"The greatest limitation is the ability to borrow stocks to short," he said.
Bein is also a vocal proponent of casting aside the 130/30 numeric reference and properly characterizing such long-short strategies as "short-extension strategies." Moreover, Bein argues that such funds should not be characterized as "alternative investments" because they do not represent a distinct and separate asset class the way other true alternative investments, such as timber, do.
Various 130/30 investment strategies, as well as other alternatives to long-only strategies, have become popular with mutual fund managers. But even data providers are perplexed and struggling to find the appropriate categories for such mutual funds.
Nonetheless, on May 23, Lipper will, offer a 130/30 category of mutual fund data and research. Up until now a list of such funds has been cobbled together only as requested.
Niche Managers Speak Out
The Rydex Managed Futures Fund, which debuted March 2007 and is advised by Rydex Investments of Rockville, Md., currently tops Morningstar's list of market-neutral and long/short funds with its A-shares returning an impressive 15.24% over the previous 12-months ended April 17.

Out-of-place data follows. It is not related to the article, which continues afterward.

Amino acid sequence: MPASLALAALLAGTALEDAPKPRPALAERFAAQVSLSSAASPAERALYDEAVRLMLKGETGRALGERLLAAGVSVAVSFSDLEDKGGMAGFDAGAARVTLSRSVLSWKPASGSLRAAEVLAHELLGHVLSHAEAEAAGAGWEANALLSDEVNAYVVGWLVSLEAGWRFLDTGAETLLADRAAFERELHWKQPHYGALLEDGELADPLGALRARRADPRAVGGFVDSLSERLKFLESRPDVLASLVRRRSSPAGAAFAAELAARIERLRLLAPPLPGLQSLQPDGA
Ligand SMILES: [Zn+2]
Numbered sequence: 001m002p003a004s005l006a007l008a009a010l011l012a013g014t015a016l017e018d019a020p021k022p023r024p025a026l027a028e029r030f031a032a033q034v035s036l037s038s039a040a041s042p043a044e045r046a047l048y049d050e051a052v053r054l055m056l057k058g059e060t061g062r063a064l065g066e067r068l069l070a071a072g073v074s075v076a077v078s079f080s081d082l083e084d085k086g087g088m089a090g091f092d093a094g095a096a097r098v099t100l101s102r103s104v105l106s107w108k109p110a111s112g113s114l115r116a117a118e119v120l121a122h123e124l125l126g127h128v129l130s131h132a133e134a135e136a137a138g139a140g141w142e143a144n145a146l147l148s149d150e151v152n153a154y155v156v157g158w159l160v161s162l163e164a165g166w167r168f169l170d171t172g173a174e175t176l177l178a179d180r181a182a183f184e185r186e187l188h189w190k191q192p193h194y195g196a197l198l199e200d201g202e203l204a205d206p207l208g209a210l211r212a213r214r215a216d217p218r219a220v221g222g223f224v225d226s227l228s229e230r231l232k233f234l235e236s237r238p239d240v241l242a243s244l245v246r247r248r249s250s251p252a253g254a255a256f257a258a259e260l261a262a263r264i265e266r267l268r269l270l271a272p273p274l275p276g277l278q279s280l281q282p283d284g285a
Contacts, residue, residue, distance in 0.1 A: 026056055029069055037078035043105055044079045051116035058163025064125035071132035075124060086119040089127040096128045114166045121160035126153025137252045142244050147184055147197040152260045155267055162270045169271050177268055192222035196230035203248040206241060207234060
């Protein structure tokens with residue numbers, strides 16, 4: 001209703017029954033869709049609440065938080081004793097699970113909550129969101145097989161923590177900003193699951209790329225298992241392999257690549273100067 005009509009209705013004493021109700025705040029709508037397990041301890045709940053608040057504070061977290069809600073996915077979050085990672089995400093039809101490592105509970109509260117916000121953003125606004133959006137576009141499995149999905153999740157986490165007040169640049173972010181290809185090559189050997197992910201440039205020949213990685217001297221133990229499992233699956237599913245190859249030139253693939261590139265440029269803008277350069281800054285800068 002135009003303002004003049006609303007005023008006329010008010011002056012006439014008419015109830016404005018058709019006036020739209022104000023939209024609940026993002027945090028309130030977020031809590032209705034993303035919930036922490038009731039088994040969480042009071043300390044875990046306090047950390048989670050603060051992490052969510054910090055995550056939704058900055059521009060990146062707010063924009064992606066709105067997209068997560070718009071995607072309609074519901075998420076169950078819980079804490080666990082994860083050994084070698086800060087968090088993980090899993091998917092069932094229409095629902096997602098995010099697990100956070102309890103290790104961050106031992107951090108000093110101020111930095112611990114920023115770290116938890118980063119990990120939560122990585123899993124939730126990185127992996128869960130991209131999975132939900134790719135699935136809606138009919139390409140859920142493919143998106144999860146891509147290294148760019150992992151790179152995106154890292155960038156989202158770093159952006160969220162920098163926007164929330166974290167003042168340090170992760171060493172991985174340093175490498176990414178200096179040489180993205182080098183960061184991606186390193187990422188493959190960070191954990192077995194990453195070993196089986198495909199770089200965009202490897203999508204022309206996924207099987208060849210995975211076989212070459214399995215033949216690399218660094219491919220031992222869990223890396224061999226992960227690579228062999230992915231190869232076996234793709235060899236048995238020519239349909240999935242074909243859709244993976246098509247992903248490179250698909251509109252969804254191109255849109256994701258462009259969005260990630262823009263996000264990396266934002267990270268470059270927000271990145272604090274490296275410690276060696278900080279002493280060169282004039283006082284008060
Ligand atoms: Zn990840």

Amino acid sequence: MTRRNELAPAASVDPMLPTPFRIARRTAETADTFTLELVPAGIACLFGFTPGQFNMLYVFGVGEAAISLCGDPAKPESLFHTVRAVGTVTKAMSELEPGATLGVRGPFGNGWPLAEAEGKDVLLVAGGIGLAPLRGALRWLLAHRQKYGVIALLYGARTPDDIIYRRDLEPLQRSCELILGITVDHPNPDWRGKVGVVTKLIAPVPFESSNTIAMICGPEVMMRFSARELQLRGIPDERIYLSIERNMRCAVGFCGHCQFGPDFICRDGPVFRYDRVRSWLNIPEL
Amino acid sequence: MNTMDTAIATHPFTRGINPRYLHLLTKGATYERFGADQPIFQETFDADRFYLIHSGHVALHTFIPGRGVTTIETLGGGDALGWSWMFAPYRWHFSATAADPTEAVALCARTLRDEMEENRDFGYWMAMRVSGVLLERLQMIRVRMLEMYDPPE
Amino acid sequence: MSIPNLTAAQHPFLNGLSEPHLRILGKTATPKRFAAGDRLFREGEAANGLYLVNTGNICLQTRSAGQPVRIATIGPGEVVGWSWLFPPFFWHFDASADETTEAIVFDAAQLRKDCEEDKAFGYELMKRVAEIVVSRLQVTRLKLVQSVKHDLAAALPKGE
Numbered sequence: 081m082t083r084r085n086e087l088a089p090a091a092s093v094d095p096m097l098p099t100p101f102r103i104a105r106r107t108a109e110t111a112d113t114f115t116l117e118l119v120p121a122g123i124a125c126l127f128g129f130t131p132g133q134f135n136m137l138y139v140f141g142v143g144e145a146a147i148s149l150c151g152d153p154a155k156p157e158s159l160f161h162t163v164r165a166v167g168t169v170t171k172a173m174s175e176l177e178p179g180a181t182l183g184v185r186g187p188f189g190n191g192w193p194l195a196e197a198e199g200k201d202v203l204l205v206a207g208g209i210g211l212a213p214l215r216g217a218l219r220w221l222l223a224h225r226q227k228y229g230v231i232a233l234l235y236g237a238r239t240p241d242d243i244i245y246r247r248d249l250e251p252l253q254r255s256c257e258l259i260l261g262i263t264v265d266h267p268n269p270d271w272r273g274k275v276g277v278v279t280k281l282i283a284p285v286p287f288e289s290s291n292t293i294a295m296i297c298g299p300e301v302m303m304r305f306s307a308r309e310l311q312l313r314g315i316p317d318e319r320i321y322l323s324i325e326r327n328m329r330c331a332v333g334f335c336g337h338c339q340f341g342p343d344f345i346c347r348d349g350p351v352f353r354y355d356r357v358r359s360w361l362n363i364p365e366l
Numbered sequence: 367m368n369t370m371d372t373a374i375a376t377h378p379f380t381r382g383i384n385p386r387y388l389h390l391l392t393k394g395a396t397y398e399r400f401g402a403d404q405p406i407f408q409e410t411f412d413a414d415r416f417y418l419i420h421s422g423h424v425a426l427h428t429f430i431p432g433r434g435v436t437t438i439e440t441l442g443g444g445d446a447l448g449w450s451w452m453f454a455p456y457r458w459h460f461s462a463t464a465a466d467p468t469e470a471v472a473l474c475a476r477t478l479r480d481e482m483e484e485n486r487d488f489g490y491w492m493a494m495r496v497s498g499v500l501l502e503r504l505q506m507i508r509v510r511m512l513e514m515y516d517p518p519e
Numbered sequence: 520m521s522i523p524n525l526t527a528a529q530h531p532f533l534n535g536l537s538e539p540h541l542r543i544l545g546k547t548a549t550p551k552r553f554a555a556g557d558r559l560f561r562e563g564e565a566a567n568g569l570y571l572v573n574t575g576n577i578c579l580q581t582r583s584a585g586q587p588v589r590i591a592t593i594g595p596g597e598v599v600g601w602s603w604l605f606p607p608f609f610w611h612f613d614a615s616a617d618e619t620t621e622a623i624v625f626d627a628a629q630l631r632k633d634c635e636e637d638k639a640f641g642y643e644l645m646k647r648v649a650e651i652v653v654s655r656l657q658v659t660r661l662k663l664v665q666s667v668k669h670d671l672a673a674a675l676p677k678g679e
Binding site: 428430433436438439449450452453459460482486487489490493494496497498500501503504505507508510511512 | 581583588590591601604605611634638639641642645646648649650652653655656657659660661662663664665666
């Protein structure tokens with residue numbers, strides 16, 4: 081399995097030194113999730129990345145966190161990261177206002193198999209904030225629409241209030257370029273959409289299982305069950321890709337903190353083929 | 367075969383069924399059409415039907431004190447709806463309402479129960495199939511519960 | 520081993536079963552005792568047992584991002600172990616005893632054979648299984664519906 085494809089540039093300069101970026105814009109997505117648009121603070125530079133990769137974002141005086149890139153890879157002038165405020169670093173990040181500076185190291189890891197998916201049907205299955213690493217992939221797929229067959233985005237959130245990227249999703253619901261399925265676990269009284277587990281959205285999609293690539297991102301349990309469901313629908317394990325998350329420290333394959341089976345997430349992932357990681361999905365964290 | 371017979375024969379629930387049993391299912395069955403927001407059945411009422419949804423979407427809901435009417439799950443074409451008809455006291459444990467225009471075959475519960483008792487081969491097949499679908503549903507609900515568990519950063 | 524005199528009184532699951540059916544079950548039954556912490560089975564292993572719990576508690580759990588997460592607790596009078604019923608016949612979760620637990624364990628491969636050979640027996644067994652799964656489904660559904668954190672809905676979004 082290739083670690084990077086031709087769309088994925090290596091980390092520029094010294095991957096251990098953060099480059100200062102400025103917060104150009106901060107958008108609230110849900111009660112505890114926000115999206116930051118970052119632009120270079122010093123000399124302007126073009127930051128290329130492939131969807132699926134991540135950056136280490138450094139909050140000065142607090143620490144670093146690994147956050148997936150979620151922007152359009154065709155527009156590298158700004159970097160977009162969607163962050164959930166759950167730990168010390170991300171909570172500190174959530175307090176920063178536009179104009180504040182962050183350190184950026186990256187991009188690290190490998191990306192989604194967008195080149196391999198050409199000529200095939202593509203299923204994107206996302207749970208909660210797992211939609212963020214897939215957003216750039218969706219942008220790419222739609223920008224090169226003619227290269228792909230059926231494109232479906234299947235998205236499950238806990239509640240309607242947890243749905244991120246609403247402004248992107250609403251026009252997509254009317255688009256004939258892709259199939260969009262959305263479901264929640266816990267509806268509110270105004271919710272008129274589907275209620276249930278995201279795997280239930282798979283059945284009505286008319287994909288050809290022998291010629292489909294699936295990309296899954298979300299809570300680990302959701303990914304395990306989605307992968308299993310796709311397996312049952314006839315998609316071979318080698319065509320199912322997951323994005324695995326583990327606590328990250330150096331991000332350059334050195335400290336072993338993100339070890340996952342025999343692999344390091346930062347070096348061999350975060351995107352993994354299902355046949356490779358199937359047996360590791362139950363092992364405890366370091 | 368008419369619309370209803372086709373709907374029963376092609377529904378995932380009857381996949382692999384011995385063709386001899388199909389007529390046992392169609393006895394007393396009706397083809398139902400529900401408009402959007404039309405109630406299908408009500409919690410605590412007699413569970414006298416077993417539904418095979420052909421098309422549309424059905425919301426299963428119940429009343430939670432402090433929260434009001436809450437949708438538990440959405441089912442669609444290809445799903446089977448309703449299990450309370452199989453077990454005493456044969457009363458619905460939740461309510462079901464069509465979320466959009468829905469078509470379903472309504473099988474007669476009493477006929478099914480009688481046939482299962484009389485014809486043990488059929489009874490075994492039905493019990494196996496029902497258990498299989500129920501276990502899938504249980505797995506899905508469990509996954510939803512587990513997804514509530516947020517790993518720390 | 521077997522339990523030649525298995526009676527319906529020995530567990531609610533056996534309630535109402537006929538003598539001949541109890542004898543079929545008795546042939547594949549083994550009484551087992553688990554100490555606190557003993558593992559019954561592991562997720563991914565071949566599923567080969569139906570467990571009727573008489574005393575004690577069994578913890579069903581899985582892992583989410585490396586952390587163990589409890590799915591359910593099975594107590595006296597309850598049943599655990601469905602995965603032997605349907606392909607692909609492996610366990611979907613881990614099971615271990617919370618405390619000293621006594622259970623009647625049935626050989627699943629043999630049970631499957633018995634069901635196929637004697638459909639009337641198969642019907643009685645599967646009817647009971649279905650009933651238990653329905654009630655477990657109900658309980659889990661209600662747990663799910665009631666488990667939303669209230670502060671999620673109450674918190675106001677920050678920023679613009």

The fund is also unique as it is the very first managed futures mutual fund. The fund's investment goal is to replicate the return of the S&P Diversified Trends Indicator Index, which invests 50% in physical commodities and 50% in non-U.S. currencies alongside Treasury securities. The fund provides exposure to the managed futures market without making a direct investment in it by investing in hybrid structured notes.
The fund's underlying index can take long positions in some sectors while shorting others (except for the energy sector, which is always long).
Most long/short mutual funds are highly correlated to the equity markets, said Ed Egilinsky, managing director, alternative investments with Rydex. "Managed futures are a different type of investment," he said.
He added that although there may never be a ton of managed futures mutual funds, other interesting mutual funds non-correlated to the equity markets will emerge.
Two years ago, the $15.5 million Top Flight Fund, managed by Rock Canyon Advisors of Lehi, Utah, purposefully added the long-short designation to its fund name to make its strategy clearer and clarify what fund category it did, and didn't, belong to, said fund manager Jonathan Ferrell. The fund has shown impressive performance of 11.46% over the past 12 months, versus the almost flat (-0.96%) average performance of its long/short and market-neutral peer group.
Market volatility has worked in favor of the fund's investment style, which includes using quantitative strategies plus some common sense. Ferrell foresees volatility expanding over the next three to four years and remaining high for seven or eight years.
"There has been a need for investors to find asset classes for portfolios," Ferrell said. "The long-short space is positioned for that and has outperformed." It's all part of what he calls, "the continued quest for alpha."